A domestic dog has been infected with rabies for the first time in Maine in nearly a decade.

The dog was reported to animal control in Kennebec County after likely encountering a rabid raccoon, said state epidemiologist Dr. Stephen Sears.

“The dog started acting fairly aggressive and actually bit the owner,” he said.

The dog became ill and died shortly thereafter, and the owner was treated for exposure to the rabies virus, Sears said. There were no records indicating the dog had been vaccinated recently, he said.

State rabies testing records show the virus was confirmed in a dog in Albion on Aug. 1.

Testing by the U.S. Centers for Disease Control and Prevention showed the dog was infected with a strain of rabies commonly carried by raccoons, Sears said.

Rabies is spread through a bite or scratch from an infected animal or when saliva or tissue from the animal’s brain or spinal cord gets into the eyes, nose, mouth or an open wound.

The virus is more typically found in wild animals; the last time a domestic dog was infected with rabies in Maine was in 2003. So far this year, 72 animals in the state have tested positive for the virus, mostly raccoons and skunks.

State officials warned in February that Maine was recording an alarmingly high number of rabid animals, likely because the lack of significant winter snowfall enabled infected wildlife to come in greater contact with one another and with pets and livestock.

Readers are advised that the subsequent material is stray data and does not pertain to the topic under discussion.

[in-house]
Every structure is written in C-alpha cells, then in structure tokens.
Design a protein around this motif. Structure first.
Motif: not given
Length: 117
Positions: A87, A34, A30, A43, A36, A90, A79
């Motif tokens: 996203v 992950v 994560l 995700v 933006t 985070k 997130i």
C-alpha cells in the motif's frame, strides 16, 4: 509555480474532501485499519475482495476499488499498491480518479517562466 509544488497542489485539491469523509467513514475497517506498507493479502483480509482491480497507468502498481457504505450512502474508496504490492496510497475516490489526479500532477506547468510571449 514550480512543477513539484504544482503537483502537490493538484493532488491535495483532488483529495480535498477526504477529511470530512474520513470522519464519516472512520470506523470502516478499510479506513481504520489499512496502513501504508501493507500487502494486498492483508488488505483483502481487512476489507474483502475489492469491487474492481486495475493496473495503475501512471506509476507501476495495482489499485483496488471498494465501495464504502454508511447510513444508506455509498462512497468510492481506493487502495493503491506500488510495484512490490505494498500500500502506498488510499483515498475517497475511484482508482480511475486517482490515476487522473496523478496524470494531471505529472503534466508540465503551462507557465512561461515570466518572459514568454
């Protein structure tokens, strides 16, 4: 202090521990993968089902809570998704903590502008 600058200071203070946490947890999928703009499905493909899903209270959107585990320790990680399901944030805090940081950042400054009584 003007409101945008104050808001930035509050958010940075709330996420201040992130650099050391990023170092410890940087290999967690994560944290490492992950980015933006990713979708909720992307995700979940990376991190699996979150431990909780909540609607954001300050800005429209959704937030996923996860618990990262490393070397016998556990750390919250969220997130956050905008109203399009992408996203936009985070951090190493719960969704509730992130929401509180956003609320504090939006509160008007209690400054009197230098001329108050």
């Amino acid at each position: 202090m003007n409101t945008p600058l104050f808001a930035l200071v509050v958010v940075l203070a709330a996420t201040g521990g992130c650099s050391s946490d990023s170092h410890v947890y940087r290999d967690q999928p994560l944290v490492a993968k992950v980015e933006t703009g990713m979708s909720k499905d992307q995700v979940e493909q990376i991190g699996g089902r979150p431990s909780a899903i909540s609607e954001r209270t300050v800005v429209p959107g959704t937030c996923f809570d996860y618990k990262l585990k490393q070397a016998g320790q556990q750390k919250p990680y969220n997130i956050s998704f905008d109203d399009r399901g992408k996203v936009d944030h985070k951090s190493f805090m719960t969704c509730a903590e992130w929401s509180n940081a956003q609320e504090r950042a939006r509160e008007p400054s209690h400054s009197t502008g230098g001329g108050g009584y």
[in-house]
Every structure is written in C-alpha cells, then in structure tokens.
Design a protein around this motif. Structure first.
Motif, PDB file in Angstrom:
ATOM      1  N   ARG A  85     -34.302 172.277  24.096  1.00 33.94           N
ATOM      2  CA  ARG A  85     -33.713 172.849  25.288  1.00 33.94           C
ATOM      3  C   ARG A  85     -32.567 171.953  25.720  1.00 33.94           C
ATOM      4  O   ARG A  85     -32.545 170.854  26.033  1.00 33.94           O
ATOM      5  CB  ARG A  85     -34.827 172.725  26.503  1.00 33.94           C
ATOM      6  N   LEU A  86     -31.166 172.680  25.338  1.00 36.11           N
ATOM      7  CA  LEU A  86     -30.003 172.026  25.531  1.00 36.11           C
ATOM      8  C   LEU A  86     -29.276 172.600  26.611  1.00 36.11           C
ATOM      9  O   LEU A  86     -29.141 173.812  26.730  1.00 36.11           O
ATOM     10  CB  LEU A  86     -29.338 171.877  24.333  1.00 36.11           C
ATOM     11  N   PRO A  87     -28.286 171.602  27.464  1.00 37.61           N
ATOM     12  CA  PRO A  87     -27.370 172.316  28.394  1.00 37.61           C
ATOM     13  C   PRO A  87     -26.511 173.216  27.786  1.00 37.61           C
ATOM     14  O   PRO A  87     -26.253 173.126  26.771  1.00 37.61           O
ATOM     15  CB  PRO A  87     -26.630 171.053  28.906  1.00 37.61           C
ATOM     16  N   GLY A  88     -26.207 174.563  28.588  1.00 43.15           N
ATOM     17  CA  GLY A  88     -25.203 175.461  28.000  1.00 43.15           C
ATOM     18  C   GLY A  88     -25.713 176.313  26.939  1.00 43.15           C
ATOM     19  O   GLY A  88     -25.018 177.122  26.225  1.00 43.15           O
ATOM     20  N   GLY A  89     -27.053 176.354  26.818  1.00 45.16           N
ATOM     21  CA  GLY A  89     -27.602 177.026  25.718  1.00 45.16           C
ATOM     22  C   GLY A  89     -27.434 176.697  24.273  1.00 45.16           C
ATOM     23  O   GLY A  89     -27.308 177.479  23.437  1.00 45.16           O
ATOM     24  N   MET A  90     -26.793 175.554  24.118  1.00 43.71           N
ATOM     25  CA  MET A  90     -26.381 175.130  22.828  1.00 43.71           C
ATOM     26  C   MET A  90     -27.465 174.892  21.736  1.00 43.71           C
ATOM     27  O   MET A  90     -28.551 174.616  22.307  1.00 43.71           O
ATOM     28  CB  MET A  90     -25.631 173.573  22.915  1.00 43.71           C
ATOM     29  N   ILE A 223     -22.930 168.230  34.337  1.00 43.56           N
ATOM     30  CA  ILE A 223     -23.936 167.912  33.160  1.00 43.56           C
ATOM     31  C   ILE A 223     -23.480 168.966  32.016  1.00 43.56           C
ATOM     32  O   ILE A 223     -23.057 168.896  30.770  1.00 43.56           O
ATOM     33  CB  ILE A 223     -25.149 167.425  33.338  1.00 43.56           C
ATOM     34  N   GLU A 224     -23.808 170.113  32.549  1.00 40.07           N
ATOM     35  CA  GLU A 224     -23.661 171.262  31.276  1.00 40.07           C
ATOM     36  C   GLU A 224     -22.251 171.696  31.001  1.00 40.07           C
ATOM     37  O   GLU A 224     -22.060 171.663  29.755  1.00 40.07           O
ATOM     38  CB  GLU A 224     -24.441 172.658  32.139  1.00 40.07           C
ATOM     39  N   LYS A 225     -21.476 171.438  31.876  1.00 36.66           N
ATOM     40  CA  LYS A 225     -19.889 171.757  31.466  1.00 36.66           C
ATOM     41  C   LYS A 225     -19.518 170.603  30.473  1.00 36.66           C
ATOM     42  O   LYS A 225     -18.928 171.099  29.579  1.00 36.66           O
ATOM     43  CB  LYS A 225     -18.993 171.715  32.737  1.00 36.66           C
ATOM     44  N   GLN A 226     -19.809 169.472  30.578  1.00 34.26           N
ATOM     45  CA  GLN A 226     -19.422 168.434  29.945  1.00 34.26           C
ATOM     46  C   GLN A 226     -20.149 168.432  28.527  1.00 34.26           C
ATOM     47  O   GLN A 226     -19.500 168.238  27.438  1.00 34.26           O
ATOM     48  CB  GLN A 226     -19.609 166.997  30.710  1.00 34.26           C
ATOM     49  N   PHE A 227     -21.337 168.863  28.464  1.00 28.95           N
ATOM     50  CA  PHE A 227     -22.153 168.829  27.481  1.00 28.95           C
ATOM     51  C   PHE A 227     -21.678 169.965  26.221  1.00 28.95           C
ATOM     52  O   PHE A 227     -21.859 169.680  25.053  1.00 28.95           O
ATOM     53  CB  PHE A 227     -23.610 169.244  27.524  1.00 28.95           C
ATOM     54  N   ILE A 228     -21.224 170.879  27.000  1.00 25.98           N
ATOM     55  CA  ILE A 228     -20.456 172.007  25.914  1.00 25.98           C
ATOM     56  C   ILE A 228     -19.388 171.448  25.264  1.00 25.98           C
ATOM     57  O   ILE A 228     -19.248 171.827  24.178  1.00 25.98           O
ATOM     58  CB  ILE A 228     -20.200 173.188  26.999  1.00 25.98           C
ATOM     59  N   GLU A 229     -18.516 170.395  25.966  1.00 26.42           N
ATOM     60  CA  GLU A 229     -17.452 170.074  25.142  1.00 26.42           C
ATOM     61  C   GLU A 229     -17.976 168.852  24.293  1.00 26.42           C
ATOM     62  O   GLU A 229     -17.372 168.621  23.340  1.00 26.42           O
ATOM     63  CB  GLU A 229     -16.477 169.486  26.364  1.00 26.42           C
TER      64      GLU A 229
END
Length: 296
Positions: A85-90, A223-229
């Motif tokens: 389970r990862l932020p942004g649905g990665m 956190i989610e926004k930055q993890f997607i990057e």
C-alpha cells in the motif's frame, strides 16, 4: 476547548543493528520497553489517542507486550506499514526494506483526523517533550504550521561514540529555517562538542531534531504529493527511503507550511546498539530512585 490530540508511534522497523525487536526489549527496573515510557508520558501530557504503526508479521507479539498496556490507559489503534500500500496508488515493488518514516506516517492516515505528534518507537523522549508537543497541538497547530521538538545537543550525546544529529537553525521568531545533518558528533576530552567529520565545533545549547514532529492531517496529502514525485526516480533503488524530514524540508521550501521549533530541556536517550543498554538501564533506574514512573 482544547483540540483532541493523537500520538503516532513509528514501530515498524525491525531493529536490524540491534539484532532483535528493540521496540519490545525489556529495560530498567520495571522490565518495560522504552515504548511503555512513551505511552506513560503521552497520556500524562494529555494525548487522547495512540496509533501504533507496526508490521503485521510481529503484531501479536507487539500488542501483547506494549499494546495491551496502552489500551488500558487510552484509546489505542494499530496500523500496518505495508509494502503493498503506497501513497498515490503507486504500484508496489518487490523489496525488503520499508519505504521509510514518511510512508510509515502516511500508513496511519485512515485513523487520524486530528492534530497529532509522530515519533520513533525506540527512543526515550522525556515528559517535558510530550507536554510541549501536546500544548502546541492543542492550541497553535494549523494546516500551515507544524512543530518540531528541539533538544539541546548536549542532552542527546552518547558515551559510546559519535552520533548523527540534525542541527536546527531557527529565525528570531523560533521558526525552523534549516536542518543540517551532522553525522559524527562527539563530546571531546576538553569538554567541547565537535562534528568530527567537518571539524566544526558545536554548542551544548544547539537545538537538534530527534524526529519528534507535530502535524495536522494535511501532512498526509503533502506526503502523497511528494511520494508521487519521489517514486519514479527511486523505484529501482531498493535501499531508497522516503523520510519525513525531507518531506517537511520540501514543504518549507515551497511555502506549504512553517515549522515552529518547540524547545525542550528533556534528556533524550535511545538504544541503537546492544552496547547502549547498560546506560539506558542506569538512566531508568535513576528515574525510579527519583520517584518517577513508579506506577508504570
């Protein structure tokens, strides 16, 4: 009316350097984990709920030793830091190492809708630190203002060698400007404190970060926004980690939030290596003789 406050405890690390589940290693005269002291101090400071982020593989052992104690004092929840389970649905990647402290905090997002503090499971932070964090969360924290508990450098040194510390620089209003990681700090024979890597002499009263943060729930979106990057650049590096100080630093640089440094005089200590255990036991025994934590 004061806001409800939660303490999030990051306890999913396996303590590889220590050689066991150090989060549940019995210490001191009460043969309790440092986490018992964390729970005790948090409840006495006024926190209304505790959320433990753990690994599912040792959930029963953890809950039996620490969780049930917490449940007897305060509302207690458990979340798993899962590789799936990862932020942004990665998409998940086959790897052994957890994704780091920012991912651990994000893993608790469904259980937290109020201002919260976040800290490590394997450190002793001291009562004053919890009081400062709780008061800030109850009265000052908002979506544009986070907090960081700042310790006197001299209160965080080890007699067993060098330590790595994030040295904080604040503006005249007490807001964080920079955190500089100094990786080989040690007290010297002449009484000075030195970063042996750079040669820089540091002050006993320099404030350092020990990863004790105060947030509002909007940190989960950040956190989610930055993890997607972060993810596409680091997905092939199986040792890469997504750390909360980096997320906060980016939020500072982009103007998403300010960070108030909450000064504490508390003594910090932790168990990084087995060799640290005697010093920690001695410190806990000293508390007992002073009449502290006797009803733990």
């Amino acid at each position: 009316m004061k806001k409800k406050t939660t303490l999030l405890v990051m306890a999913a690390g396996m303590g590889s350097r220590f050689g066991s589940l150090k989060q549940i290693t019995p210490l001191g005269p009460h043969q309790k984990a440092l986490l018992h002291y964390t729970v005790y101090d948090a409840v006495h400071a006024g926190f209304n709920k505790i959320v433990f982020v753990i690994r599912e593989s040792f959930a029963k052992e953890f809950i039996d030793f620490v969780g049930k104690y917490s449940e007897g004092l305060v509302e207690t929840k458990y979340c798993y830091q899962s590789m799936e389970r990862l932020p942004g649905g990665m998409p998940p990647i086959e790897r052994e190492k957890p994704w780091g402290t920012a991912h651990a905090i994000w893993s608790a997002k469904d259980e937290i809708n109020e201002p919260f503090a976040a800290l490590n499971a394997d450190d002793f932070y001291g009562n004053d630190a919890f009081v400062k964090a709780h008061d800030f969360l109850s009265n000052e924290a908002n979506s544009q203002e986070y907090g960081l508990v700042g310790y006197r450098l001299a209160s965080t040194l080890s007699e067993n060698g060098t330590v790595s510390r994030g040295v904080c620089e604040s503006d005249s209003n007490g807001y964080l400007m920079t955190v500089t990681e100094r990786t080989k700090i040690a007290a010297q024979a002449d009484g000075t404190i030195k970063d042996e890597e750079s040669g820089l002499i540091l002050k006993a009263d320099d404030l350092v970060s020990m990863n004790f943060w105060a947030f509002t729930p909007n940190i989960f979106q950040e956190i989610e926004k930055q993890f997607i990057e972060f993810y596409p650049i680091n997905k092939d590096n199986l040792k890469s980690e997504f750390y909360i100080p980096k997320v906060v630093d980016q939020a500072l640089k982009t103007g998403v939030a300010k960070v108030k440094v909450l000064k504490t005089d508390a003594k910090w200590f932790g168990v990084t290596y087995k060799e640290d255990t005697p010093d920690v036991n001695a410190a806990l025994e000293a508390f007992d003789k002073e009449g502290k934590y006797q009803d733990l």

One domestic cat and one feral cat also have been found to carry the disease this year, Sears said.

“People tend to be a little less likely to vaccinate their cats, although they’re high-risk animals because they have nocturnal behaviors,” he said.

Health officials have launched a campaign to prevent the spread of rabies in honor of World Rabies Day on Sept. 28. Mainers are urged to vaccinate their pets as required by law, avoid contact with wild and unfamiliar animals, and “bat-proof” their homes by plugging or covering openings where bats can enter.

Maine hasn’t recorded a human case of rabies since 1937, though many people have been treated for potential exposure to the virus, Sears said. Treatment for rabies involves a four-dose vaccine and a shot of globulin, which provides antibodies to prevent rabies infection.

In 2011, 143 people in Maine received treatment for rabies. Most were only suspected of exposure to the virus, as authorities can’t always capture and test the animals involved, especially with rabid bats.

Symptoms can take anywhere from three weeks to a year to appear. Because onset of the disease can last several days, treatment need not immediately follow a bite or scratch from a rabid animal to be effective.

Anyone exposed to rabies is advised to wash the wound with water, contact the local animal control officer and seek medical care.

To report rabies exposure, call the Maine CDC at 800-821-5821.

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